Canada among nations pledging to help protect Syrian civilians

ST. PETERSBURG, Russia – Canada and a number of other countries at the G20 are pledging further help to protect Syrian civilians from violence, as few nations appeared willing to back a military strike against the regime of Bashar Assad.

Foreign Affairs Minister John Baird met Friday with British Prime Minister David Cameron, United Nations secretary general Ban ki-Moon, and ministers and officials from five other countries.

Baird is expected to announce some form of further help for Syria, in addition to the $316 million it has contributed since 2011. A more formal meeting of G20 foreign ministers — a first in the economic summit’s history — was scheduled for later Friday.

Cameron said the British government would be contributing an additional $85 million towards medical training and assistance to specifically help civilians who had been harmed in a chemical attack.

“I hope we can send a strong signal that we can act, and act specifically to relieve this appalling suffering caused by the war crime of chemical weapons use,” Cameron said.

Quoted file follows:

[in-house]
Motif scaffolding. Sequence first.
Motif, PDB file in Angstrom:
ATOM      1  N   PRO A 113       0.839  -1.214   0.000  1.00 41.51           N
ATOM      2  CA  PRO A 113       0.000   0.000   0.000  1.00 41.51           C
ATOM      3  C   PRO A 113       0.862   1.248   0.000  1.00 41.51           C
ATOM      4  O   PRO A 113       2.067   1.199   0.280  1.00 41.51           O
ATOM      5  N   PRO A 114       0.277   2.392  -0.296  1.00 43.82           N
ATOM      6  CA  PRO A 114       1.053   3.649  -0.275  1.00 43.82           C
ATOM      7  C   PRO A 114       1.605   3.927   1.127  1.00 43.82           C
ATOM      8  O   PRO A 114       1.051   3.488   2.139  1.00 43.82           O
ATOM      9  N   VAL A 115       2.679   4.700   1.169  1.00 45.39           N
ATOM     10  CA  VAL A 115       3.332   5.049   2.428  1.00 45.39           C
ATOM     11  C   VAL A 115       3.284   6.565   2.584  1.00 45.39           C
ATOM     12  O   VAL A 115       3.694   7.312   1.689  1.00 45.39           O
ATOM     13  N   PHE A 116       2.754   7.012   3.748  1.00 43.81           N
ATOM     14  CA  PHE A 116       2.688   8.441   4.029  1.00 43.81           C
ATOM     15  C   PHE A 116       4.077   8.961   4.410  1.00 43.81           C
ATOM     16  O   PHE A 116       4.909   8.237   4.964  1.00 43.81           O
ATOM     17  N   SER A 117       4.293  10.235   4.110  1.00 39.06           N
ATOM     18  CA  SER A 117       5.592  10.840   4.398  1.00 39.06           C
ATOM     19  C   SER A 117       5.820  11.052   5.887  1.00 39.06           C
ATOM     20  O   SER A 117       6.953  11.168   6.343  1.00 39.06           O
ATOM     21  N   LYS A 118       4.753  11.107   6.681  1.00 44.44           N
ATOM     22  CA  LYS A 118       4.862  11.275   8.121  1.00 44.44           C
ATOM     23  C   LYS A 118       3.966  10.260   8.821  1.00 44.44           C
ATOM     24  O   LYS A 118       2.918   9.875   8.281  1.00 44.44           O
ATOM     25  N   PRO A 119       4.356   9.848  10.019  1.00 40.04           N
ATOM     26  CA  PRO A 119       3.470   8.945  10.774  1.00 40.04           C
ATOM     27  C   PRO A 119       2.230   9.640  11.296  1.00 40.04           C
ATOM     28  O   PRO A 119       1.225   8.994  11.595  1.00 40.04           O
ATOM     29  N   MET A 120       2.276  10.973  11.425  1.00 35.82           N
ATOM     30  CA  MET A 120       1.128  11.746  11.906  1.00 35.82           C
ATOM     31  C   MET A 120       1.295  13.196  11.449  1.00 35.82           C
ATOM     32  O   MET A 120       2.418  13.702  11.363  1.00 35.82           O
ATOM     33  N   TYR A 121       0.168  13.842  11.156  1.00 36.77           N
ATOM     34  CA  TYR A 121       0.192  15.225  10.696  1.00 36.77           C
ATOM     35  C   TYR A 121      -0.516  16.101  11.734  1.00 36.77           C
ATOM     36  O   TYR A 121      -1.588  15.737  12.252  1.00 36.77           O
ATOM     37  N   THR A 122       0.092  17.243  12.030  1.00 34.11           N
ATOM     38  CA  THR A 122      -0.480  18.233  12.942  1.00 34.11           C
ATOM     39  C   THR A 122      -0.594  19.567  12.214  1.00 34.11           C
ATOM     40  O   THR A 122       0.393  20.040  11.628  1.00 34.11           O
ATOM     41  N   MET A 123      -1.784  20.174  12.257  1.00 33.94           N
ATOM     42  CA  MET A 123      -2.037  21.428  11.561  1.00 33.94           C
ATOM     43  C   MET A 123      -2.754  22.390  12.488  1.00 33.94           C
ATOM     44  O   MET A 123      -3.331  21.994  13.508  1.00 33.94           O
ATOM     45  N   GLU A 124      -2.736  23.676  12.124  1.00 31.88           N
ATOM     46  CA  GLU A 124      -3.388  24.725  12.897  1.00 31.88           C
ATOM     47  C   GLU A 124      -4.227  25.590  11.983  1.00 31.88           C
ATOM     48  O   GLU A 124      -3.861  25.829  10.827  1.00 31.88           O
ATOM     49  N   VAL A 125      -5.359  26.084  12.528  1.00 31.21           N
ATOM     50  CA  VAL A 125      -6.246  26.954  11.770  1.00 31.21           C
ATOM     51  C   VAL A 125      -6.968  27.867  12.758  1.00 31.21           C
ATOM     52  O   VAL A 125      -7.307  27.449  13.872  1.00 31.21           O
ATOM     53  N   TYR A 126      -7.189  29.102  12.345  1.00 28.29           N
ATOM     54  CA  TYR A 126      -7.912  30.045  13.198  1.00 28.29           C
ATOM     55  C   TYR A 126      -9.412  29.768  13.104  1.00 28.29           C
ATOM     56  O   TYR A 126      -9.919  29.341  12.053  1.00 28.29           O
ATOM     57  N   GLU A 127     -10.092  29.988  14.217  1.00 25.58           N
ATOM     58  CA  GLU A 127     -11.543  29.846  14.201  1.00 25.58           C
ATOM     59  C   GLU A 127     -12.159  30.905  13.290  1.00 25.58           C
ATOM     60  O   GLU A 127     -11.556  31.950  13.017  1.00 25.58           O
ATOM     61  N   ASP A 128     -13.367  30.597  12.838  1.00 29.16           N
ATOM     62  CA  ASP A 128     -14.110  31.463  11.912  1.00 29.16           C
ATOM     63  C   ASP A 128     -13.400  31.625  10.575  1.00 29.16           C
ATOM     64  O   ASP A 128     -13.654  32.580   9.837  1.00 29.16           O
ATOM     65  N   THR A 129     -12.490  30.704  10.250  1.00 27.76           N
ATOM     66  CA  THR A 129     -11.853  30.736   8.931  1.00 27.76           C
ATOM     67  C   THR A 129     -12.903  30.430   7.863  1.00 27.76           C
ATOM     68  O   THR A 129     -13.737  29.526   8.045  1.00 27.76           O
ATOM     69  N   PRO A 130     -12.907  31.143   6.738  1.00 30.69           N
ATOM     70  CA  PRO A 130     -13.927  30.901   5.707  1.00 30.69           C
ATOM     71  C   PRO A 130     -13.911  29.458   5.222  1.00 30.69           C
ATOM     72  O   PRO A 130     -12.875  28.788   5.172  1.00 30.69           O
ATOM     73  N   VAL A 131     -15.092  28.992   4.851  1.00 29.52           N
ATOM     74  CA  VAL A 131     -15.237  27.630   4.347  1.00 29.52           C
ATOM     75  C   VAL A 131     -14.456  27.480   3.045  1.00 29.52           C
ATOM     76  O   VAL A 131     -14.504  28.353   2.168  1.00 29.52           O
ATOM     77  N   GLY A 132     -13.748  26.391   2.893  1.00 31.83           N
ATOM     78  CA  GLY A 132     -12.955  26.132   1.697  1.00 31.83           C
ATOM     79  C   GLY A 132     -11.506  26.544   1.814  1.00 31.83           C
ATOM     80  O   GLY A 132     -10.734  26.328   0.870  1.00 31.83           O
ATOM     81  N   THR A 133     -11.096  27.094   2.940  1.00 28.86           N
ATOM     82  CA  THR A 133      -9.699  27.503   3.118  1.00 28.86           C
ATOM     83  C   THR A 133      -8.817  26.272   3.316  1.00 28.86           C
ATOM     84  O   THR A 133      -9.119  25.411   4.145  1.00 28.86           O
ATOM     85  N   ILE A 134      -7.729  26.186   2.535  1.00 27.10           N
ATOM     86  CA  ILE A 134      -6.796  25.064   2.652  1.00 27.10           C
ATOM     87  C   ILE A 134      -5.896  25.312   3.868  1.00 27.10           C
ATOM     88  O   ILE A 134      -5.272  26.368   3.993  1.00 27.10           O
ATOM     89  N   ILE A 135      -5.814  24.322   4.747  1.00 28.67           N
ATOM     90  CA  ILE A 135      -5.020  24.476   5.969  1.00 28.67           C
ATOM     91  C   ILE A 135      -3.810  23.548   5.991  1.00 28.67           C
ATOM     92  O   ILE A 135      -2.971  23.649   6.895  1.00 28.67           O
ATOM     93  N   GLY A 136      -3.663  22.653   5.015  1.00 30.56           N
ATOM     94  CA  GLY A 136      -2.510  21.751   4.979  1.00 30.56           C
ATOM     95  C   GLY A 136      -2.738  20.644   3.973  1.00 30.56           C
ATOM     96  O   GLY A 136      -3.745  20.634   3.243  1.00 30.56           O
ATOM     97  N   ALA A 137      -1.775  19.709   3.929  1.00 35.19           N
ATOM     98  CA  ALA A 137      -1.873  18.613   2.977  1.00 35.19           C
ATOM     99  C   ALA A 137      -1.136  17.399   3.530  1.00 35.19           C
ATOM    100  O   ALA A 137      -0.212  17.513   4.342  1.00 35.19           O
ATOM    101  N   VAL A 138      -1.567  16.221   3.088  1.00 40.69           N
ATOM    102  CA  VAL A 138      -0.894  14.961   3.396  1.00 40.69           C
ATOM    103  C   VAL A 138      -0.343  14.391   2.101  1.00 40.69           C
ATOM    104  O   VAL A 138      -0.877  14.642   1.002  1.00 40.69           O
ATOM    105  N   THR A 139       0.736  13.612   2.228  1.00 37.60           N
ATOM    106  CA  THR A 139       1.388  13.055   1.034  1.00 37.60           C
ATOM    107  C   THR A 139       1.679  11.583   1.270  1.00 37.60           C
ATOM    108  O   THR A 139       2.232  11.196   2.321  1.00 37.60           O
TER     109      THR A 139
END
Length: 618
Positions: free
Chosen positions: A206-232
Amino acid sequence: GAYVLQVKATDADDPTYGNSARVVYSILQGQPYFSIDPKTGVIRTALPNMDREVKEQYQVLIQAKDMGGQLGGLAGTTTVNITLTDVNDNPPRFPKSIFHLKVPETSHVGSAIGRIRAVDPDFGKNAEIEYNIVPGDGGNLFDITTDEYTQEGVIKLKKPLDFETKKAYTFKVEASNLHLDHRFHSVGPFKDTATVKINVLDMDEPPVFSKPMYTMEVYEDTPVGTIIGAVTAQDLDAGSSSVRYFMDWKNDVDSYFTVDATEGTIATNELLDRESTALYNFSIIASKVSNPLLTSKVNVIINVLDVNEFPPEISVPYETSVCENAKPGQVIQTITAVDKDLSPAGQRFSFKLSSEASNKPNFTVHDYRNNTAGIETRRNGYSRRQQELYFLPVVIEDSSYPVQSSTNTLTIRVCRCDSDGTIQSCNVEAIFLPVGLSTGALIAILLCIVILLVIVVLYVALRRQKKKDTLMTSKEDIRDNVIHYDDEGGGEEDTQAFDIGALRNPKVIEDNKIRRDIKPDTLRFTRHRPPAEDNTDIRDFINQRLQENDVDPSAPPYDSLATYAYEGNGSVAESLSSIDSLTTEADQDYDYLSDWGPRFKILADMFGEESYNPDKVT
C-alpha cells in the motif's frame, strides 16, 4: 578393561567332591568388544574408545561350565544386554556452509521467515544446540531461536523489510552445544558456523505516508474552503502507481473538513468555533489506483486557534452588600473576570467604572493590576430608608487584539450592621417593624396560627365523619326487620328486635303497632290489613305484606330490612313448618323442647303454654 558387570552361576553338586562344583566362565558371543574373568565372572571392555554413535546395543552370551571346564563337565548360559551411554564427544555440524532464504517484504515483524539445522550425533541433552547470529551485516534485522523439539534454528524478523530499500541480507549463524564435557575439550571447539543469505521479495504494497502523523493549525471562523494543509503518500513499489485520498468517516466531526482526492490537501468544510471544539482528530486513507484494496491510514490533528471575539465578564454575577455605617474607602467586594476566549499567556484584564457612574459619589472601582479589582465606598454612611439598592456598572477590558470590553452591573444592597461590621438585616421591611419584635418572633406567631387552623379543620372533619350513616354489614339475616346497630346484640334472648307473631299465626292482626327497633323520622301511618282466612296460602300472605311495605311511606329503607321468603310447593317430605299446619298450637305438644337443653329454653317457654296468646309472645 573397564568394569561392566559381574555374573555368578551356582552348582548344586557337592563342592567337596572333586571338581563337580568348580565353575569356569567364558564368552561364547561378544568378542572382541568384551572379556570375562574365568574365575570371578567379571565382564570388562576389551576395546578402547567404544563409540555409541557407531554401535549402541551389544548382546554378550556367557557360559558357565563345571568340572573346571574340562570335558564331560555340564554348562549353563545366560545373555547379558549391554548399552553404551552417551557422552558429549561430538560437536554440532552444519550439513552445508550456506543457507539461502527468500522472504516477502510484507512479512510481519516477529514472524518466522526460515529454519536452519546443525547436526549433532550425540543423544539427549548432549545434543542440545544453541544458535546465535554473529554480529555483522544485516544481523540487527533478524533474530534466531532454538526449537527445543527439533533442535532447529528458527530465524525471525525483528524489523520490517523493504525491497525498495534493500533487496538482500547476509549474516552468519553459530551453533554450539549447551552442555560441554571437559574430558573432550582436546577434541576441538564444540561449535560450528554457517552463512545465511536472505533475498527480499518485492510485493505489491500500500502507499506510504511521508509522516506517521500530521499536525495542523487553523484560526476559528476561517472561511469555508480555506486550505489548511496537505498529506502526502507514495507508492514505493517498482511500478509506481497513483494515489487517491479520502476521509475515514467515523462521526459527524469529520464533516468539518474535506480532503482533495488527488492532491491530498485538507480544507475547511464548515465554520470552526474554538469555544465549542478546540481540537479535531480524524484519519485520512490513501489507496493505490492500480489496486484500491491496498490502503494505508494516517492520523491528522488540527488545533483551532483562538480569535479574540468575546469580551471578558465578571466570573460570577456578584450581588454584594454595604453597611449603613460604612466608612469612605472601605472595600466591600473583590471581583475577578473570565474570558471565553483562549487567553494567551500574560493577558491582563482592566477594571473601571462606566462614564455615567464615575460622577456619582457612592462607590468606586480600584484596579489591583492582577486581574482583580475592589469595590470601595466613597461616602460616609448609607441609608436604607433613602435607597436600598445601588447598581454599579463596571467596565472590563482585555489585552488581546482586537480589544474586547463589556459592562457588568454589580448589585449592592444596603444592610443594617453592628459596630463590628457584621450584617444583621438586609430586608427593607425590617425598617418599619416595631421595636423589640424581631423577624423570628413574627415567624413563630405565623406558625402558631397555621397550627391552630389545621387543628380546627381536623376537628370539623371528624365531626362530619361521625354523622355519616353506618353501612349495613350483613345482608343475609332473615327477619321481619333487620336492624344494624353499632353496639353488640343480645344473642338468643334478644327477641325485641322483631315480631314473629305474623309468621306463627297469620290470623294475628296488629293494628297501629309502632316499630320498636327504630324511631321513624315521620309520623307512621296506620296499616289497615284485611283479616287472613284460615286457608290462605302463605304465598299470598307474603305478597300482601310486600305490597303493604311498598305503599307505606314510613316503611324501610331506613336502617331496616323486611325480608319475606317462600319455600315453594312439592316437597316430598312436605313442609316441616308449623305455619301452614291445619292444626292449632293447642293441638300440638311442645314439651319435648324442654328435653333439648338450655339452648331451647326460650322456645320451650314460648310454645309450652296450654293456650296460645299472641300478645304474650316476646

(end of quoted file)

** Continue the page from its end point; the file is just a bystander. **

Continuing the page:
Cameron also said British scientists had confirmed the use of chemical weapons in the attack that hit a Damascus suburb two weeks ago. That echoes the conclusions drawn by France and the United States based on their own intelligence.

But despite discussing Syria late into the night Thursday, there was far from a consensus or even a majority viewpoint on whether or not to punish Assad with a military strike.

So far, only Canada, France, Turkey and the United States are openly backing the use of force. Cameron has supported the idea, but the British Parliament voted down a resolution call for it. The European Council has also weighed in, saying nations needed to address the Syrian crisis through United Nations channels — echoing the stance of Russian President Vladimir Putin.

U.S. President Barack Obama faces an even greater challenge than convincing G20 countries to support his stance on Syria — he is also fighting to gain Congress’ backing for a military strike.